Police Involved Crimes

Police Officer Crimes

Imagine you are hanging out with some friends and then the Denver police show up and demand entrance into your home. You ask if they have a warrant, and they reply that they do not. You politely tell them to get one before they enter and instead of getting a warrant, they bust down your front door and charge you with obstruction of a police officer. You, not doing anything wrong, now stand accused of a crime because you exercised a constitutional right. Encounters with the police often result in good people charged with police officer crimes. See our police officer and Miranda rights questions and answers page.

The state of Colorado gives special status to police officers to encourage cooperation in the orderly enforcement of Colorado law. As a result, Colorado police often disrespect the public and make demands offensive to good manners. Police often abuse the special status they are given to make their jobs easier and to gain convictions. In most cases, it is generally best to remain silent and do what police demand. In some cases though, a polite refusal will preserve your Fourth Amendment constitutional rights.

In the world of criminal law, there exists a very unique category of crimes; crimes involving police officers. Several crimes make up this category. The crimes are:

There are different degrees of punishment involved with each of these offenses, usually dependent on a person’s prior criminal history and whether any injury results to the police or a victim. Some of these crimes are felonies and some are misdemeanors. Because of the different classifications of severity of the crimes, a criminal lawyer in Arapahoe County, Adams County, Jefferson County, Douglas County, Denver and all other Colorado counties needs to be knowledgeable of the factors influencing district attorneys in those communities. Each county is different and has a different view of certain crimes in that community.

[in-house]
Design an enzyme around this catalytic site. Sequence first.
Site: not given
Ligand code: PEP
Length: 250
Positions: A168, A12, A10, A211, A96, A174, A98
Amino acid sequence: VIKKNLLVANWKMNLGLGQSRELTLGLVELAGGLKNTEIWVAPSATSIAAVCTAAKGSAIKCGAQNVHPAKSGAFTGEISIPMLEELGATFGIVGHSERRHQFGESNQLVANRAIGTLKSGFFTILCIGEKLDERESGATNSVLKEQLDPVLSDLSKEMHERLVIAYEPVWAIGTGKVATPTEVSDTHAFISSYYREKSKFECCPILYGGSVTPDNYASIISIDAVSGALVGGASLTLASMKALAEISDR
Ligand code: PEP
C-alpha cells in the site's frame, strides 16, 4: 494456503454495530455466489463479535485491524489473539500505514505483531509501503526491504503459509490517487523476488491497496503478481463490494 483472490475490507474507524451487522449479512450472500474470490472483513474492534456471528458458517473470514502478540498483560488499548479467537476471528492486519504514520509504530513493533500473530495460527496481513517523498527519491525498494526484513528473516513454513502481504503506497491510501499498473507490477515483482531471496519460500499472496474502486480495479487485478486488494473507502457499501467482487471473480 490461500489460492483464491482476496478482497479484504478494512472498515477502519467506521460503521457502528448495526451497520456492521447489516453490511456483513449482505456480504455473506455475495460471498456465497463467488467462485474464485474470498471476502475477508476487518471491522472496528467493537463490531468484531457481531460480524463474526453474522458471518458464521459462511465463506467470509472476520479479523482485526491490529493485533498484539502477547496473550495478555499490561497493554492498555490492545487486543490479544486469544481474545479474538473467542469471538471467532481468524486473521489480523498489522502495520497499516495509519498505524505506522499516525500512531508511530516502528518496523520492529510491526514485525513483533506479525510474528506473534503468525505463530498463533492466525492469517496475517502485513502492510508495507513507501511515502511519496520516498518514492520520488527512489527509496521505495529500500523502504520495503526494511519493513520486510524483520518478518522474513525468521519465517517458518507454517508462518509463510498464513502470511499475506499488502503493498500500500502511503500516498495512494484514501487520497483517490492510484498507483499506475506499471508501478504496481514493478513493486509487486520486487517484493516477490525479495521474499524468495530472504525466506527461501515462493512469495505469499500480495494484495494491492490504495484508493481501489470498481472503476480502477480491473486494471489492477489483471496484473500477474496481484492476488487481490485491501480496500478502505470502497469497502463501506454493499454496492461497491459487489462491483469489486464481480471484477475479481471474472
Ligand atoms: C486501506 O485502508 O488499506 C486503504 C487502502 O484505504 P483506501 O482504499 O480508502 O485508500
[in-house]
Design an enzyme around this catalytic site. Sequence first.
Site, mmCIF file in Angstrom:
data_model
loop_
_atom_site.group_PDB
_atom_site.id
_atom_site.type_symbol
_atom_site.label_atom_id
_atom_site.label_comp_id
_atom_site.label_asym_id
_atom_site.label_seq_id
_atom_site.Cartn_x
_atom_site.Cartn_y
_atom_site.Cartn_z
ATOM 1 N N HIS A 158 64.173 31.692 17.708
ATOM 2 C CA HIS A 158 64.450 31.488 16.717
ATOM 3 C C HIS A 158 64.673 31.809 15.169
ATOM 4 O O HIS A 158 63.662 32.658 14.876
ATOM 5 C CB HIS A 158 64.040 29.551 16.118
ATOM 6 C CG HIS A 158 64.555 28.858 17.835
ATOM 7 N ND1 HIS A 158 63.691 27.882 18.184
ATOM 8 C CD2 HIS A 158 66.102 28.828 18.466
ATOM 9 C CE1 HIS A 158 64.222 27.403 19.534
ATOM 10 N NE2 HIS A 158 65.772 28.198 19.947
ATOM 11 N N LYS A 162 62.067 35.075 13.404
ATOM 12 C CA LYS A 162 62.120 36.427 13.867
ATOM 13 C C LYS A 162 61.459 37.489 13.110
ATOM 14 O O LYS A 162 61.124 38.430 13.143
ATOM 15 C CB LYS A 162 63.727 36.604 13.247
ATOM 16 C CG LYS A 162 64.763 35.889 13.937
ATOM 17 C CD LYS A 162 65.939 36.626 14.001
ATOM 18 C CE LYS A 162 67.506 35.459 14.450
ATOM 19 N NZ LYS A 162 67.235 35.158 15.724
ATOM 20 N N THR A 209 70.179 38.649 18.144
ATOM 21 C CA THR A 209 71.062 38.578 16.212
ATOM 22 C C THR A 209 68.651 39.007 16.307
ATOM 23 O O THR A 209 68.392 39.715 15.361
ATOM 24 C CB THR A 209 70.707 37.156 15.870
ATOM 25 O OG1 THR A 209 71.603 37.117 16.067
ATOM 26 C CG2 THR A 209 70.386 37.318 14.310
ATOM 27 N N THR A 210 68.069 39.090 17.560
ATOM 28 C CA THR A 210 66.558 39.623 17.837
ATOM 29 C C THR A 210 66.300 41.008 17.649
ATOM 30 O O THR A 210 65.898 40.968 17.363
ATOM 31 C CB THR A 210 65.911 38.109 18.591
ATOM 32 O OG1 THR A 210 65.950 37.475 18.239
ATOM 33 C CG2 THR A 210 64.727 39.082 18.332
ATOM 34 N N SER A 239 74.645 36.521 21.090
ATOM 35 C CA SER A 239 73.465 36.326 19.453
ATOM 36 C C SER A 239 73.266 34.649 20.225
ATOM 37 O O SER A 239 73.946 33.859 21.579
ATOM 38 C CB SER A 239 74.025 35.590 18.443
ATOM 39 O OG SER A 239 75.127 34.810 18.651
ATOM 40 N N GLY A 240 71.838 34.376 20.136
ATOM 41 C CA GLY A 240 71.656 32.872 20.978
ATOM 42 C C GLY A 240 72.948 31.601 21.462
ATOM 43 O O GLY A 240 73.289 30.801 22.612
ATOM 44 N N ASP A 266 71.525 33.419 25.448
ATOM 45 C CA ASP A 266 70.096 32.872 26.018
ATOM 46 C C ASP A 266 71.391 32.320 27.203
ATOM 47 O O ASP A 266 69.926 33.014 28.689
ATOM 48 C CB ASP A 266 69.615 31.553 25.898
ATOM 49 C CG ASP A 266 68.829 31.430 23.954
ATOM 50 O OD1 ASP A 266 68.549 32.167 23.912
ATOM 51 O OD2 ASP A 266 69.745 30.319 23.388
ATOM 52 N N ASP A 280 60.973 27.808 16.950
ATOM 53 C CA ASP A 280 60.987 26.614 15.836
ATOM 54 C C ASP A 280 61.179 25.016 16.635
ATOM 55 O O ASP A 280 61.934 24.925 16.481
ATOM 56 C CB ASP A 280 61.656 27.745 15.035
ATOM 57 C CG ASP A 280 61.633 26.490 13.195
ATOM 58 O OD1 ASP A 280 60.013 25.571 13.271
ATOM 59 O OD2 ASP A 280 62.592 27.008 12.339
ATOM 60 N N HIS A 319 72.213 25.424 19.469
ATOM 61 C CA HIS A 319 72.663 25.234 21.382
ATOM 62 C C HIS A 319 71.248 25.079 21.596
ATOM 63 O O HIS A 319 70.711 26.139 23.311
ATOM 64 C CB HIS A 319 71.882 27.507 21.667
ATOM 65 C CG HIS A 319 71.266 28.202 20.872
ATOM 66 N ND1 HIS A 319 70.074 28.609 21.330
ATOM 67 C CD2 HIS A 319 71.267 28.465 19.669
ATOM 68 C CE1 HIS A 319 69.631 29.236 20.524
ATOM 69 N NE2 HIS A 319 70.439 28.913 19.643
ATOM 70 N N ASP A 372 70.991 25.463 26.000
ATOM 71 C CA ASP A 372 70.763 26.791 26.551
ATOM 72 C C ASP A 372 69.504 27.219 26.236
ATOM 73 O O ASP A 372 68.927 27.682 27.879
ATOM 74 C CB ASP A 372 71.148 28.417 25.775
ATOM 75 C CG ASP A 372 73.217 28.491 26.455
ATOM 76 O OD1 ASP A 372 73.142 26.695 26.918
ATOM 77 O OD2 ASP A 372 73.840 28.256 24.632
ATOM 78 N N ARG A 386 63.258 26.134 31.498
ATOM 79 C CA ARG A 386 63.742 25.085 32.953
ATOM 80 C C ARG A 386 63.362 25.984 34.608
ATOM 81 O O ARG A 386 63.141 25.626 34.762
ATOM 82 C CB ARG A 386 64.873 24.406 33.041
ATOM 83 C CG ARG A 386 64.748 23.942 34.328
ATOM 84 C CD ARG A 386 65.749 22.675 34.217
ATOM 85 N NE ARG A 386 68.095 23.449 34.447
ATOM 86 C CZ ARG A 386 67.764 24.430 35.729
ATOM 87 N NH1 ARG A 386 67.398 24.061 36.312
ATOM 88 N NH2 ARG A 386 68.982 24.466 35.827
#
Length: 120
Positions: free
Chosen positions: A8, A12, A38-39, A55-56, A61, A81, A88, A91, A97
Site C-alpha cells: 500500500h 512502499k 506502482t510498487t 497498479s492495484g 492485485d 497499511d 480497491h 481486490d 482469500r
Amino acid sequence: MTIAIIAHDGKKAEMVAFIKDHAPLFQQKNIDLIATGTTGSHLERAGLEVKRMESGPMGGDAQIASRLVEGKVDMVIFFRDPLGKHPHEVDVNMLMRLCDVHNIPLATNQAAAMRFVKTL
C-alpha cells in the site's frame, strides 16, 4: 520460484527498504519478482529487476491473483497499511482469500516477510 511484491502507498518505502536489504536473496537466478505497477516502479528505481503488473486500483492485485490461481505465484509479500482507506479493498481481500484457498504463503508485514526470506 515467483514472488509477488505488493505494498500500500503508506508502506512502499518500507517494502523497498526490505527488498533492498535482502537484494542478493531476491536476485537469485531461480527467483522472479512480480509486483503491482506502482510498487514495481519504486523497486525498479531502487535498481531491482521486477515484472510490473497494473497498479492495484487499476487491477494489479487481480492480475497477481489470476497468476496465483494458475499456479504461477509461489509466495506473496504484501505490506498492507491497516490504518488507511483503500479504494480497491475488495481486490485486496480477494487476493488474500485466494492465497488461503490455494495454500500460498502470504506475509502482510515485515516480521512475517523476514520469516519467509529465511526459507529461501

For instance, recently in Denver there was allegedly a man going around and pretending to be an officer (impersonating a peace officer - C.R.S. 18-8-112) and assaulting women. With the local publicity and attention, the district attorney might desire to make a name for him or herself and fight harder against that person for a conviction and stiffer punishment. What you would need, if you are ever involved in a situation like that, is a criminal lawyer in Denver who knows how to fight for your rights against that district attorney on your behalf. You would need someone who knew that area and has experience with publicized cases throughout Colorado.

Each of these police officer crimes is different and requires an experienced criminal lawyer to adequately defend you. The attorneys at O'Malley Law Office, P.C., have handled these cases many times before. They can mount a strong defense on your behalf. So, if you have been contacted about or charged with any of these crimes, be smart, exercise your right to remain silent and call us right away at 303-731-0719. Together, we can protect your future.

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